S. Korean cemetery rests at center of bitter dispute

For years, on the anniversary of his wife’s death in 2000, Peter Underwood sought the solace of the tiny hillside cemetery not far from this city’s bustling downtown.

He laid flowers at her grave site and paid his respects to four generations of his family who are buried here -- mostly Western missionaries who first arrived in Korea more than a century ago. There’s even a plot for Underwood himself.

But the 54-year-old consultant no longer visits this sanctuary. He says he feels harassed here -- shadowed by the new stewards of a cemetery that offers a hallowed history lesson in Korea’s expatriate past.

“I have visited the cemetery since I was a kid. It’s part of my family’s heritage,” said Underwood, who came to Seoul as an infant. “But I can’t face going there now. It no longer gives me peace.”


The Yanghwajin Foreigners’ Cemetery lies at the center of a bitter controversy between two competing churches as well as the descendants of the 600 or so people buried here.

One Sunday morning in August 2007, a newly established Korean church took over the cemetery chapel, forcing out the predominantly foreign congregation of the Seoul Union Church, many of its members allege. The church was co-founded by Underwood’s great-grandfather in 1886.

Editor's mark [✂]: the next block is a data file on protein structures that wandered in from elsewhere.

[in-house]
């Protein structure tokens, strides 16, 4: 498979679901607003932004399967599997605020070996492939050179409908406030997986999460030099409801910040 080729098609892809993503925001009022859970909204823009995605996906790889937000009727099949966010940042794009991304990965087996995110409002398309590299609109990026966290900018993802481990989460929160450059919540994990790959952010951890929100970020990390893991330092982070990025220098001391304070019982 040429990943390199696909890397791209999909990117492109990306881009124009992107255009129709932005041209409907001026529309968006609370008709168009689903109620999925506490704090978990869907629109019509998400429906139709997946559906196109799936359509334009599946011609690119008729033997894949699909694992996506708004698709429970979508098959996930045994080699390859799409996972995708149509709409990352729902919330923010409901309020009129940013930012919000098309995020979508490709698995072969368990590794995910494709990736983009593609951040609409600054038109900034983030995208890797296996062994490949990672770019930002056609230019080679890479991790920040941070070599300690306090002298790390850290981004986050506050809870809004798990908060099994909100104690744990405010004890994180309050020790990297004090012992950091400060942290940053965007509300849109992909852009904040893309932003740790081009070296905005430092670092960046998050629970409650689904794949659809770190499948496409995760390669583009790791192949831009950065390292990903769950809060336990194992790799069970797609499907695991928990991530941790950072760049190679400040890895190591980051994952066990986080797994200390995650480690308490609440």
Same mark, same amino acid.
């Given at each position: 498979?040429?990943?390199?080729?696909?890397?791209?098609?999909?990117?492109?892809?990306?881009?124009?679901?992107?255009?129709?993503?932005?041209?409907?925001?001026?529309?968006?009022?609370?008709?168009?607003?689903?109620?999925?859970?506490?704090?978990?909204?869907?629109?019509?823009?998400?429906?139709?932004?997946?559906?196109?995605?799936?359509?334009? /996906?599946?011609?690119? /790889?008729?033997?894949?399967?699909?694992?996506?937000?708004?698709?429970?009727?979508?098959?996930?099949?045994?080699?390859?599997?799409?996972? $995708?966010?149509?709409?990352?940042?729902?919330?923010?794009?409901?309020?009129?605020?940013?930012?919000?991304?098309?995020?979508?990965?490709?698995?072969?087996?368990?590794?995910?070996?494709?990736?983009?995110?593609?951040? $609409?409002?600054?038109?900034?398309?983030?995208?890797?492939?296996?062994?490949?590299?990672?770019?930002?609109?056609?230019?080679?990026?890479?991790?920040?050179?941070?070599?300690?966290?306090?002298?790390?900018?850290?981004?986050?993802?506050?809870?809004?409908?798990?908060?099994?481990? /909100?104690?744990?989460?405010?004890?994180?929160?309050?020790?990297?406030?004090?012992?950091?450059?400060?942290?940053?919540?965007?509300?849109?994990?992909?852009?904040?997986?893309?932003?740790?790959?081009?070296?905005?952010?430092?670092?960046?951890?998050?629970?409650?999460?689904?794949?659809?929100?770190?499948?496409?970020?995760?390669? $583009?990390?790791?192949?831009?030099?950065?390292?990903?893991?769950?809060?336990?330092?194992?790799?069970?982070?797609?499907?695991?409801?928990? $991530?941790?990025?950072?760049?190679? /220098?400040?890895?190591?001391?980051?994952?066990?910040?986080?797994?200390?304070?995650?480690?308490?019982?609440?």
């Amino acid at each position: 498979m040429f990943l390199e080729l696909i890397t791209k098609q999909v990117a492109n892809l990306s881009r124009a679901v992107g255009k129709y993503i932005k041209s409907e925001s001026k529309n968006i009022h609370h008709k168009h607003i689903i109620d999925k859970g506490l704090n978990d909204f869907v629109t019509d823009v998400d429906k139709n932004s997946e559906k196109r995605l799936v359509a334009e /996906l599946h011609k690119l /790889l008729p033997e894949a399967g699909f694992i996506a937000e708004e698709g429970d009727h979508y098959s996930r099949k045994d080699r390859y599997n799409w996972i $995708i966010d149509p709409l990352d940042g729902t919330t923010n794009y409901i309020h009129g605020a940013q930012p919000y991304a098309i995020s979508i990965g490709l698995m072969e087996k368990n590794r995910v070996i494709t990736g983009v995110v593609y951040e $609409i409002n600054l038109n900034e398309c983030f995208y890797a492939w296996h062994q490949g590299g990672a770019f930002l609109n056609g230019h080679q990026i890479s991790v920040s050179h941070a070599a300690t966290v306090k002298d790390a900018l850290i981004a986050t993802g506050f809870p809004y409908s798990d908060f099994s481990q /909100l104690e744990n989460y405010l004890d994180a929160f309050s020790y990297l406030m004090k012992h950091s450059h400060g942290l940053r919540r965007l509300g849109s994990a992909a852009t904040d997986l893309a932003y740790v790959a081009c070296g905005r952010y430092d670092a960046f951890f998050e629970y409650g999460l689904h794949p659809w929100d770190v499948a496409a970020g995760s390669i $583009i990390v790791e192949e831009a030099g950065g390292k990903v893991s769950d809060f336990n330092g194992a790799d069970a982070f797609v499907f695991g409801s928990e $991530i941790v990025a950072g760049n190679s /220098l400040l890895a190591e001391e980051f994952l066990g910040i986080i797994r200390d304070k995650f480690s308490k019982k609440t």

There have been recriminations, lawsuits over muddied ownership rights and rumors that the new caretakers, the 100th Anniversary Memorial Church, plan to exhume the graves of deceased they say do not belong here. (In an e-mail, church officials said they had no plans to disinter remains.)

“I don’t have the words to explain the extent of the damage this has caused to our church,” said the Rev. Prince Charles Oteng-Boateng, the Ghanaian-born pastor who since 2003 has headed Seoul Union Church, South Korea’s oldest predominantly foreign Protestant congregation.


“In a speech, their church leader likened their actions to the Chinese retaking Hong Kong from the British. It hurts to hear what they say, because it’s a lie.”

In the e-mail, Memorial Church officials said Pastor Lee Jae-chul “referred to the case of Hong Kong to emphasize the weight of our responsibility to protect the cemetery from further deterioration.”

The church says it was compelled to step in and end mismanagement of the cemetery, which it claims “had degenerated into a derelict graveyard.” The church has made improvements to the property and says on its website that it removed numerous truckloads of trash that had collected there for years.

As both sides square off, the cemetery is a retreat for schoolchildren and the occasional solitary adult wandering its paths.

“If you want to talk about Korean history and the expatriates who influenced it, this is the place,” said Robert Neff, a local historian and journalist. “There are missionaries, entrepreneurs, U.S. military people, diplomats, adventurers -- everyone is here.”

On a tour, he pointed to several notable graves, including that of American author Homer Hulbert, whose headstone proclaims, “I would rather be buried in Korea than in Westminster Abbey.”